Sijapati first entered and was admitted to the United States on a nonimmigrant L-2 visa on January 25, 2001. On December 31, 2002, Sijapati departed the United States for a two-and-a-half week vacation to Nepal, reentering the United States on January 18, 2003, pursuant to his existing L-2 visa. On March 16, 2005, federal immigration officials approved Sijapati’s application for adjustment of status as a lawful permanent resident. On December 12, 2007—more than five years after Sijapati was first admitted into the United States on January 25, 2001, under the L-2 visa, but less than five years after his most recent admission on January 18, 2003, under that visa—a circuit court in Virginia convicted Sijapati of felony embezzlement and imposed an eighteen-month suspended sentence. Following his conviction, the Department of Homeland Security issued to Sijapati a Notice to Appear before the immigration court to face the charge of removability from the United States under Section 237(a)(2)(A)(i) of the INA for having been convicted of a crime of moral turpitude within five years of the date of admission.
Sijapati argued that the plain language of the statute unambiguously establishes that Congress intended "the date of admission" to correspond to the entry marking the commencement of an alien’s current or most recent period of admission. The Fourth Circuit disagreed, deferring to the Board of Immigration Appeals' (Board) decision in Matter of Alyazji, in which the Board held that "the most natural reading of section 237(a)(2)(A)(i) is that the phrase ‘the date of admission’ refers to the date of 10 admission by virtue of which the alien was present in the United States when he committed his crime." As such, the relevant date of admission for Sijapati was January 18, 2003 entry on the L-2 visa; by virtue of this admission, he was present in the United States when he committed the embezzlement offense.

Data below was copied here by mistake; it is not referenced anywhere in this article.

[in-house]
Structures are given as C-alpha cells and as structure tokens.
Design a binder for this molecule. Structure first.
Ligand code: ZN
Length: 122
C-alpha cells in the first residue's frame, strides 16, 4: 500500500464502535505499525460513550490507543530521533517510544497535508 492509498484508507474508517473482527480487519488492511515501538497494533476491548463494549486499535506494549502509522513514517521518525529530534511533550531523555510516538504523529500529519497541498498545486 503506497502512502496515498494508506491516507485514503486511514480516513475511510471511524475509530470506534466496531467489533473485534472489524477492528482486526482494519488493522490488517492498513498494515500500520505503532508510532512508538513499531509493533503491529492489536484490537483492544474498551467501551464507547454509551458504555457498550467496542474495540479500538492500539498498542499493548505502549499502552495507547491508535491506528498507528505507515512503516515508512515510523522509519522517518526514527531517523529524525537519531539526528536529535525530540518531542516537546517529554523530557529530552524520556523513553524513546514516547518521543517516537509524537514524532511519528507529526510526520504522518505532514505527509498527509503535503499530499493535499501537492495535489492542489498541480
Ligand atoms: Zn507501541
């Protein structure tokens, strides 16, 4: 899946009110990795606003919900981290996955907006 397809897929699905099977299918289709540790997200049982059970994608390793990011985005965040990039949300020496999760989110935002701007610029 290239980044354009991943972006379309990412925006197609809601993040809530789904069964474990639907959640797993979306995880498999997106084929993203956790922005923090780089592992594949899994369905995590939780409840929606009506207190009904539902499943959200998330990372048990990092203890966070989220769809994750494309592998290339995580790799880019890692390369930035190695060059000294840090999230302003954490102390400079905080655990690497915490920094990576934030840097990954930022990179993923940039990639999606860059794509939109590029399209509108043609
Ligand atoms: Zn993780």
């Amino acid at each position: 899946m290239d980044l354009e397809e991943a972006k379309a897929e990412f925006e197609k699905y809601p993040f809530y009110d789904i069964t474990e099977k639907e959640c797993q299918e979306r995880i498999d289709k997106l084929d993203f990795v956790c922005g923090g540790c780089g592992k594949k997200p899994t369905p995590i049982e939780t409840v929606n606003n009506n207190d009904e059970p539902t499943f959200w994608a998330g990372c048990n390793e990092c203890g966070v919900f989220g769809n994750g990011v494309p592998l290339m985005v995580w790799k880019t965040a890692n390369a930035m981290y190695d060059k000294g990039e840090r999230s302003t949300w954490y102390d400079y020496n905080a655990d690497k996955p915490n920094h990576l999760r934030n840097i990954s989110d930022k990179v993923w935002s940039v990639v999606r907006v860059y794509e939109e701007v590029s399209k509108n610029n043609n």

The full text o Sijapati v. Boente can be found here: